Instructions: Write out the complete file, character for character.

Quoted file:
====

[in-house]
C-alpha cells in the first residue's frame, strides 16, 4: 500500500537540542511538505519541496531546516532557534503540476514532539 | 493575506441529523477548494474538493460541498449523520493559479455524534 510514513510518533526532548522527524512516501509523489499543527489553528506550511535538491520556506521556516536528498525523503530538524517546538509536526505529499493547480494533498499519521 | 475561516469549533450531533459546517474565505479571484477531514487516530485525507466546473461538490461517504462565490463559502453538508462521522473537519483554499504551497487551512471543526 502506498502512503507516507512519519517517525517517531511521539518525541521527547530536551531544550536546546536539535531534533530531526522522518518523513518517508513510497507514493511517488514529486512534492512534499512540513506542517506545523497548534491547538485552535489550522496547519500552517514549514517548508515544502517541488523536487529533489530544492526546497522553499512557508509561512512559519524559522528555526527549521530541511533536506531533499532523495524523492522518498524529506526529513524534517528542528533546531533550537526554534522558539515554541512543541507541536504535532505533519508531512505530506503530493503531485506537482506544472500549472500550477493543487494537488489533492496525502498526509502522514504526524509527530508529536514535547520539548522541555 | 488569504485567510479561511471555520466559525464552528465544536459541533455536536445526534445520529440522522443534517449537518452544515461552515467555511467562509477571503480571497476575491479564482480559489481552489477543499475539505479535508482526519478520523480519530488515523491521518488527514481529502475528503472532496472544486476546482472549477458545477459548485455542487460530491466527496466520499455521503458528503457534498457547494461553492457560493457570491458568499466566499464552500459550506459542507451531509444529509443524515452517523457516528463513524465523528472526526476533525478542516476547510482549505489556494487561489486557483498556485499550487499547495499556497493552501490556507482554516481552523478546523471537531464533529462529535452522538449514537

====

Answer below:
[in-house]
C-alpha cells in the first residue's frame, strides 16, 4: 500500500537540542511538505519541496531546516532557534503540476514532539 | 493575506441529523477548494474538493460541498449523520493559479455524534 510514513510518533526532548522527524512516501509523489499543527489553528506550511535538491520556506521556516536528498525523503530538524517546538509536526505529499493547480494533498499519521 | 475561516469549533450531533459546517474565505479571484477531514487516530485525507466546473461538490461517504462565490463559502453538508462521522473537519483554499504551497487551512471543526 502506498502512503507516507512519519517517525517517531511521539518525541521527547530536551531544550536546546536539535531534533530531526522522518518523513518517508513510497507514493511517488514529486512534492512534499512540513506542517506545523497548534491547538485552535489550522496547519500552517514549514517548508515544502517541488523536487529533489530544492526546497522553499512557508509561512512559519524559522528555526527549521530541511533536506531533499532523495524523492522518498524529506526529513524534517528542528533546531533550537526554534522558539515554541512543541507541536504535532505533519508531512505530506503530493503531485506537482506544472500549472500550477493543487494537488489533492496525502498526509502522514504526524509527530508529536514535547520539548522541555 | 488569504485567510479561511471555520466559525464552528465544536459541533455536536445526534445520529440522522443534517449537518452544515461552515467555511467562509477571503480571497476575491479564482480559489481552489477543499475539505479535508482526519478520523480519530488515523491521518488527514481529502475528503472532496472544486476546482472549477458545477459548485455542487460530491466527496466520499455521503458528503457534498457547494461553492457560493457570491458568499466566499464552500459550506459542507451531509444529509443524515452517523457516528463513524465523528472526526476533525478542516476547510482549505489556494487561489486557483498556485499550487499547495499556497493552501490556507482554516481552523478546523471537531464533529462529535452522538449514537